I went to Chester this week to see the Ark, the latest exhibition based on a partnership between a cathedral, Gloucester last time, and Pangolin, the foundry that has a gallery in London but also a mission to get its extraordinary fellowship of client artists, past and present, seen in what is arguably the most sculptural of architectural contexts, big churches.
But there is something else going on in this tiny historic city, population 118,000 which makes it less than half the size of Hull. This summer it finally got over its political and administrative upheavals to open an enormous £37m statement of cultural confidence, the Storyhouse in Northgate, just along from the town hall.
This was the 1930s Odeon, a picture palace that had lost its place, and Chester had more recently lost its theatre. The council-generated scheme not only created a new theatre and cinema complex by extending the Ocean site and retaining the art deco charm, but resited the city library here to make it more attractive to younger readers and their carers and give Chestonians (if that’s what they are) a cultural city-centre. It’s not like a multi-arts complex I’ve ever seen, with books the first statement. They surround you as collect your coffee in the large ground floor café, and small kids - representing the second statement, that this place is about families - clamber over settees among the reference shelves, with no-one to tell them to keep quiet and no-one minding.
But there's no art gallery in its story. Almost next door in the town hall complex is where the city library used to be, and the ground floor is currently occupied by an exhibition of pop art posters from the V&A. It’s the first exhibition organised by Chester Visual Arts, a community interest company set up by a group of interested residents. “We just thought it simply wasn’t good enough that although this lovely city has a marvellous new facility in the Storyhouse, there’s no public art gallery” said Hilary Banner, a retired solicitor who is on the voluntary board with regeneration experts, a property manager, a cathedral representative an accountant and the arts professor at Chester University. “We’re here temporarily but we hope we can make it permanent, if we can attract enough interest”. They are doing, with up to 400 a day going in to see the Blakes, the Hamiltons, the Caulfields and the Lichtensteins, having convinced the V&A to put this pop-up venue on its list of touring venues for this lovely show.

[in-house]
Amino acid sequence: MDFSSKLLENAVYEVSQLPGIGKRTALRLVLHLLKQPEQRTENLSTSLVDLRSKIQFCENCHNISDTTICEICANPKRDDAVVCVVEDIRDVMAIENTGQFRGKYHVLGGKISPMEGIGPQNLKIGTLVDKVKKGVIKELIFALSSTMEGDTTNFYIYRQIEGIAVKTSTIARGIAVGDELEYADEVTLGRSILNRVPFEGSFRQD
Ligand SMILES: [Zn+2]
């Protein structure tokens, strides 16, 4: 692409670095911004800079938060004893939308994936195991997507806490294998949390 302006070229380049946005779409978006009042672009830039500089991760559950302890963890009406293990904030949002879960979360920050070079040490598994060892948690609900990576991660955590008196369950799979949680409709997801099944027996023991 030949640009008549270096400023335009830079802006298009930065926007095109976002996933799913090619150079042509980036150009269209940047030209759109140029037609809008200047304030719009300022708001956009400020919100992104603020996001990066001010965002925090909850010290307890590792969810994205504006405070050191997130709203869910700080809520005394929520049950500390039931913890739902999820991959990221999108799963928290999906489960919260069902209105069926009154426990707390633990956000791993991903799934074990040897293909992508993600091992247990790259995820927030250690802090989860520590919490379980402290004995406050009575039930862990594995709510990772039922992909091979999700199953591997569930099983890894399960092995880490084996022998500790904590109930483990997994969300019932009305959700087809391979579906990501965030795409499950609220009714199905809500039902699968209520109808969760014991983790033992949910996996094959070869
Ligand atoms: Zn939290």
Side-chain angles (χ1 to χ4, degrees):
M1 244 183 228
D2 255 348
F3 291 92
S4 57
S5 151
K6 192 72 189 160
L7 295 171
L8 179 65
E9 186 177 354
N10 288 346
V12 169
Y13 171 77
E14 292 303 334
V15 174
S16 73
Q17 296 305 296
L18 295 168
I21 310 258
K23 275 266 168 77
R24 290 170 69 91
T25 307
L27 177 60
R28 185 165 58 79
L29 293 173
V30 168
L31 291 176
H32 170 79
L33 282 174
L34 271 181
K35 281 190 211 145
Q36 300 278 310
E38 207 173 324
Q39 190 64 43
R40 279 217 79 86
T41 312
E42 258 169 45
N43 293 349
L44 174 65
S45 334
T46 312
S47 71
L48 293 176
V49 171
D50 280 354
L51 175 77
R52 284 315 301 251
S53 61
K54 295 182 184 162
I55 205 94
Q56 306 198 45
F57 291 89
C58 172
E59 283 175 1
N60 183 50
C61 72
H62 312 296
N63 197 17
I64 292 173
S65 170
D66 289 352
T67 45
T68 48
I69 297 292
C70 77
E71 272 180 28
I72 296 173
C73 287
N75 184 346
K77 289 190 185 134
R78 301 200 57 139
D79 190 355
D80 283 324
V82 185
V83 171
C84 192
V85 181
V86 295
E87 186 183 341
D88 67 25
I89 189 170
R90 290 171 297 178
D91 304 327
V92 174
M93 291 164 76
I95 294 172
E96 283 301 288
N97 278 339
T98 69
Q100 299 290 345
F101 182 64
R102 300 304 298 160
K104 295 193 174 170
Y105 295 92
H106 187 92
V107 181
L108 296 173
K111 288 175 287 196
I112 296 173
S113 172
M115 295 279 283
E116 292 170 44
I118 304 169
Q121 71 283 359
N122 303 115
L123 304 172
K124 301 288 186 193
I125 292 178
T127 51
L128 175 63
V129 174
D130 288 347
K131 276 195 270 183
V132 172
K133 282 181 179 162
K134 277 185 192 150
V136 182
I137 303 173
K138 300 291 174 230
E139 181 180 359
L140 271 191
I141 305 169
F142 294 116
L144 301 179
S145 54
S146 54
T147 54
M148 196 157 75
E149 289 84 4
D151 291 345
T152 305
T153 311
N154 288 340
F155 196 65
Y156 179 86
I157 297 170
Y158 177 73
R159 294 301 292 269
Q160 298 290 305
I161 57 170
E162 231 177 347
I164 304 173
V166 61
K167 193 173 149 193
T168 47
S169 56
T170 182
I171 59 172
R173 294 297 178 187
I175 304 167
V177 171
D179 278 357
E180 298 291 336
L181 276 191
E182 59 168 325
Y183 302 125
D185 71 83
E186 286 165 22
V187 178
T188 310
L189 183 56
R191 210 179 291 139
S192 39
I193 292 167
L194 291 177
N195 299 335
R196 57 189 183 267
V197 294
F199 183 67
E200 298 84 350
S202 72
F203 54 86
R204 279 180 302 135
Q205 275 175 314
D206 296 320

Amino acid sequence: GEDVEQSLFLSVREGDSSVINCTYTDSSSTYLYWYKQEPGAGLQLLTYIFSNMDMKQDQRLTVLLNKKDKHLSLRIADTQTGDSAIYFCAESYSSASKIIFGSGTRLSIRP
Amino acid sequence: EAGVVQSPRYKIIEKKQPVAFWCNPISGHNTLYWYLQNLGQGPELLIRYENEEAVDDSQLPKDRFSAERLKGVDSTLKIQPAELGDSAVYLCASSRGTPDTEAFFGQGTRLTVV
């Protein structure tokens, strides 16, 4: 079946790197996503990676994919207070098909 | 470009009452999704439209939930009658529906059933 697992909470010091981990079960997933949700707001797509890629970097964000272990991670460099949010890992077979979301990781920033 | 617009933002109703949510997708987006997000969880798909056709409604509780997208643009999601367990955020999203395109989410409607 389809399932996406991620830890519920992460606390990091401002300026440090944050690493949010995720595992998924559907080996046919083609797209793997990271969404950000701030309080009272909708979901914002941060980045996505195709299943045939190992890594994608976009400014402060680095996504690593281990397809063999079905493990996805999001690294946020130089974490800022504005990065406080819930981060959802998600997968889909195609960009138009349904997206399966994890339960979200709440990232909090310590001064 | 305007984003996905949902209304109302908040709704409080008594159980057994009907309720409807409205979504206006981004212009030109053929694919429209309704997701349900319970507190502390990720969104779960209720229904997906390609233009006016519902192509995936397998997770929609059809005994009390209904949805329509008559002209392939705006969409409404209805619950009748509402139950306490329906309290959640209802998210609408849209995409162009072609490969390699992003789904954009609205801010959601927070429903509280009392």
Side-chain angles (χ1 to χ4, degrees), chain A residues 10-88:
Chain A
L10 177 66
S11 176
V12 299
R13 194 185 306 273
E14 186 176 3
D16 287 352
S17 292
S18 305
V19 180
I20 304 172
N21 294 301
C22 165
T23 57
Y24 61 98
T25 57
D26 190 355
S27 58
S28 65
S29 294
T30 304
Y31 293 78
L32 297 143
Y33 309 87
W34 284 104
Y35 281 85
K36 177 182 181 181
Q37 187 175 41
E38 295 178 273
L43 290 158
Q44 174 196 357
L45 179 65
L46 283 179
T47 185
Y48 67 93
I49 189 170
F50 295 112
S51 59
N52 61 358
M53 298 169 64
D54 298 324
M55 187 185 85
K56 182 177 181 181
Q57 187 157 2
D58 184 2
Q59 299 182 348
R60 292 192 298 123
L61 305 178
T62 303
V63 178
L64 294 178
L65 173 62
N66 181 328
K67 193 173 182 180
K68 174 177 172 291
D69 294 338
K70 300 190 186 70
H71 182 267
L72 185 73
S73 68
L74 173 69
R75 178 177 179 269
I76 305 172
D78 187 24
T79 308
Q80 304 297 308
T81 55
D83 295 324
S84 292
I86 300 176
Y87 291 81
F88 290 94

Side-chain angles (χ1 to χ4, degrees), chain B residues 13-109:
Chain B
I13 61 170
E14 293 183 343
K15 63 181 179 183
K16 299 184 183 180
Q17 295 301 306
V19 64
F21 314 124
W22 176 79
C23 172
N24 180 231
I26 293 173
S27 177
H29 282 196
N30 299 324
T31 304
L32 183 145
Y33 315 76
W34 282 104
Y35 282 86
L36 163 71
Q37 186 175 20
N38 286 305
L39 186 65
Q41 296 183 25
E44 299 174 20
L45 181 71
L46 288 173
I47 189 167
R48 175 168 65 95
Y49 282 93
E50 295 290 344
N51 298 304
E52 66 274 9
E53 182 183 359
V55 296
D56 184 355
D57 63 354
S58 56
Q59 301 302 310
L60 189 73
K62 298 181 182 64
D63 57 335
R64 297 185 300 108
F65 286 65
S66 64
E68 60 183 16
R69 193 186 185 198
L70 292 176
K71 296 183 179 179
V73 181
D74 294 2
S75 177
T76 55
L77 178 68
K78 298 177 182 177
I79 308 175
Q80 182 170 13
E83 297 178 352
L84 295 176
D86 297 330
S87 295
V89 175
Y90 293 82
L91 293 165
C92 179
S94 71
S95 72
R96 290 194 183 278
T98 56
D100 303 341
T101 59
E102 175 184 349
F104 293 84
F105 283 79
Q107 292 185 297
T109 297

This is not supposed to be Chester Visual Arts’ permanent home, it has a programme of interventions in underused buildings, but it would be the perfect answer to Chester’s conundrum if what to do with the space and how to answer its gallery deficiency, and with the help of the new pastoral policies of national institutions like the V&A, Tate and the British Museum programming longer term is more than possible.
But the point is that this is not a council initiative, or even an intervention by the Arts Council. It’s come from a group of local influential people who have been allowed to carry their enthusiasm to the public, and raised the required funding. Their next exhibition will be a collaboration with Chester Cathedral which has its own adventure this summer, with Ark, where Pangolin sculptors of the calibre of David Mach, William Pye, Sarah Lucas, Phillip King, Damien Hirst, Lynn Chadwick and Barbara Hepworth are giving Chester’s people the opportunity of a lifetime.
It’s all a reverse of the Victorian patrician practice of giving the people what they ought to have; it’s the people saying this is what we want, and we’re going to have it.